What if you fell in love with a sleepwalker? That’s ostensibly the premise of Nocturne, an independent Canadian film that’s been playing the festival circuit for several years. Problem is, that premise is only the focus for about the first twenty minutes or so of this picture. The film then careens into various genres, none of which ever gel with the opening title card declaring: “Once upon a time…” For what is ostensibly an urban fairytale, this film is maddeningly scattershot: sometimes gorgeous and evocative, sometimes painfully amateurish.
The first third of Nocturne is pretty great stuff. Cindy (Mary Krohnert) is an isolated child-author who is now relegated to the life of a corporate drone. After noticing the odd behavior of a co-worker, Armen (Knickoy Robinson), Cindy begins following him into the night on his odd misadventures throughout the city. He walks the streets like a zombie: drooling, mumbling incoherently mindlessly consuming anything he can get his hands on. Cindy becomes infatuated with him and begins accompanying him every night.
Then, out of nowhere, the movie drops this tone entirely. The rest of Nocturne becomes an exercise in complete narrative and tonal confusion, alternating between a crime film, a family drama, a thriller and a sentimental romance. None of these movies work or are anywhere near as engaging as what came before. The script is stupefying expositional in the second half, numbing you to whatever the characters’ motivations are. Dramatic emphasis is thrown onto very odd moments, often leaving the camera lingering on scenarios where nothing is happening but the dramatic music is swelling as if something is. No joke, one of the climactic scenes is literally a character trying different pin-codes on an ATM. It’s about as cinematic as it sounds.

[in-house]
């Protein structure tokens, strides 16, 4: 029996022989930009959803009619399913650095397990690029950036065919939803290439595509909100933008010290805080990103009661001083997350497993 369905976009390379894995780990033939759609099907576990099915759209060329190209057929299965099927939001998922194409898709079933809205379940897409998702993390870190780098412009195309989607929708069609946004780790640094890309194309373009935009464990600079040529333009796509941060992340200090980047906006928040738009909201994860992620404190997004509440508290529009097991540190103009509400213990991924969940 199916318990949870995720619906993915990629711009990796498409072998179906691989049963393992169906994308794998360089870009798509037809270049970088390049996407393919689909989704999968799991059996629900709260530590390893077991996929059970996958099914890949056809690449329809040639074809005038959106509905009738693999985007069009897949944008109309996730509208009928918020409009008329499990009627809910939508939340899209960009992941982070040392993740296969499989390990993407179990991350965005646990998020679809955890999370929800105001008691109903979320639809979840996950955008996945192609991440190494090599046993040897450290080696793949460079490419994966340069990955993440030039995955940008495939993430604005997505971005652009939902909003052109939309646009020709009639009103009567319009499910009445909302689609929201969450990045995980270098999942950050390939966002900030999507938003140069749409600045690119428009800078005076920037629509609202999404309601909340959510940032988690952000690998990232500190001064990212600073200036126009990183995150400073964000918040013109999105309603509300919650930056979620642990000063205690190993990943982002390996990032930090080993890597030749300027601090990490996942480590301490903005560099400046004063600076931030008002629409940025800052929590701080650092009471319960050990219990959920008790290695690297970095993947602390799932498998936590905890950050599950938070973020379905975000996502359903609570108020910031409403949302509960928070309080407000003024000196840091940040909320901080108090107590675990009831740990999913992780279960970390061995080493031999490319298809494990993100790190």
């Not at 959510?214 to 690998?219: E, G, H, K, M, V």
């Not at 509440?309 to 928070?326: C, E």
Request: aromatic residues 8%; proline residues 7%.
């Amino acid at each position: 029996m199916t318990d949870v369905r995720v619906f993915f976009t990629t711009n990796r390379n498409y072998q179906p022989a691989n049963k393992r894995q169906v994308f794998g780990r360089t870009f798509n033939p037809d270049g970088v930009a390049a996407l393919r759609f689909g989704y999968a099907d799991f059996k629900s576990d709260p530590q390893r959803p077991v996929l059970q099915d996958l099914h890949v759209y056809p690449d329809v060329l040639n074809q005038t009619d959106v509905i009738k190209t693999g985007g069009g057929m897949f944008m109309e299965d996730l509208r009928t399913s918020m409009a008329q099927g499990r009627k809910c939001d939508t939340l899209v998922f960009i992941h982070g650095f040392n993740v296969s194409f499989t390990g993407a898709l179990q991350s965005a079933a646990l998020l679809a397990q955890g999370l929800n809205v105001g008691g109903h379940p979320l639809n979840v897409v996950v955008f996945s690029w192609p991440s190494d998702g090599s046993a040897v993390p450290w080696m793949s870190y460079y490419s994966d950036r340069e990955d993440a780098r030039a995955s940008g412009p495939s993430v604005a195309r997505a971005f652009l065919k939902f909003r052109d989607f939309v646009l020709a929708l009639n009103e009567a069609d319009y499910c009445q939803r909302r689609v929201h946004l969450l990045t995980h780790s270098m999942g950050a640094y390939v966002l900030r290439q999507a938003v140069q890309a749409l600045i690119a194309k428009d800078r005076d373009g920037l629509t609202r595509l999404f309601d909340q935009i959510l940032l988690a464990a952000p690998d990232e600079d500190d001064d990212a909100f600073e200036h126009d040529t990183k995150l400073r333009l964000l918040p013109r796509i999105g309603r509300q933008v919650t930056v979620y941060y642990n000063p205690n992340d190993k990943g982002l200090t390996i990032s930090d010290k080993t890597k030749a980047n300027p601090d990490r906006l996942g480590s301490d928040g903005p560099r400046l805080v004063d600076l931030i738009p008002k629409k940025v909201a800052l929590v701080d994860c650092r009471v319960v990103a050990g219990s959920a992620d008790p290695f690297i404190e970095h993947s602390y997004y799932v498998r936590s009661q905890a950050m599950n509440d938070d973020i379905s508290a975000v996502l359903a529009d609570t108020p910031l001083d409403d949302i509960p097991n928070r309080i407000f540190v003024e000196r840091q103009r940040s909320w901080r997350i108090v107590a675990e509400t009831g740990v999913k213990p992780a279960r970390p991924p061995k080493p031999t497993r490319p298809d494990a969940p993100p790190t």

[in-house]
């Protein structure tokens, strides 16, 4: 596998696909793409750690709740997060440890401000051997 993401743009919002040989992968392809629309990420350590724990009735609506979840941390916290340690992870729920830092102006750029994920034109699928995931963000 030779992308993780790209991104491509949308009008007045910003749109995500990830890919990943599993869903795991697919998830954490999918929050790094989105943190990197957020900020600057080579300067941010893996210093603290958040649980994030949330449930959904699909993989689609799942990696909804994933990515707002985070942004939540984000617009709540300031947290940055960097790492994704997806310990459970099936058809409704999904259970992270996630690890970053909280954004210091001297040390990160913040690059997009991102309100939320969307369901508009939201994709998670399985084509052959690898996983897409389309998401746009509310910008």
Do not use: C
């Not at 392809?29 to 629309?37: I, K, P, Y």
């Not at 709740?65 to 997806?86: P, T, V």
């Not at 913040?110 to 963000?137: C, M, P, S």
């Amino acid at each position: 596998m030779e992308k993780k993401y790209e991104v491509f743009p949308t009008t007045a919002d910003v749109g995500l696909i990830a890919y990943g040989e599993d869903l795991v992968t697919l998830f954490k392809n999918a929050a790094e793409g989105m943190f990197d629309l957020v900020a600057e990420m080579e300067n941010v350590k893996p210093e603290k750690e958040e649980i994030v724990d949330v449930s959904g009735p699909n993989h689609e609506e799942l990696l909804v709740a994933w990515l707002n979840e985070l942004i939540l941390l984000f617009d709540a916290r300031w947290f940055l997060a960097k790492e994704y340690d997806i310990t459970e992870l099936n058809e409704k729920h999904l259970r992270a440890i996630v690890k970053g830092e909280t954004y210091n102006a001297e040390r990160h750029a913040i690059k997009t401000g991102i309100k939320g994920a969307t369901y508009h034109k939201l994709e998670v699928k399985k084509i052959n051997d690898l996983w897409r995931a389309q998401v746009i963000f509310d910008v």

This lack of tonal consistency really stings because there is some fine acting on display here. Krohnert and Robinson are clearly good actors that are being shortchanged by several factors. This is a movie that feels like a first draft pass in the edit. The dialogue scenes are especially painful whenever the camera sits in shot-reverse-shot. There is a lack of rhythm to these scenes and they drag the movie to a halt. If you were to add up the dead air in this edit, you could likely cut out almost a half hour of footage.
Nocturne is a hard movie to recommend. It’s an indie film with more passionate craft than you’d expect, but that craft is only visible in brief moments. It’s like watching a student film get briefly interrupted by an accomplished cinematographer, pulling the camera to something more interesting. I wanted to stay in the moments when this film embraced its surreal potential, but it ultimately never let me.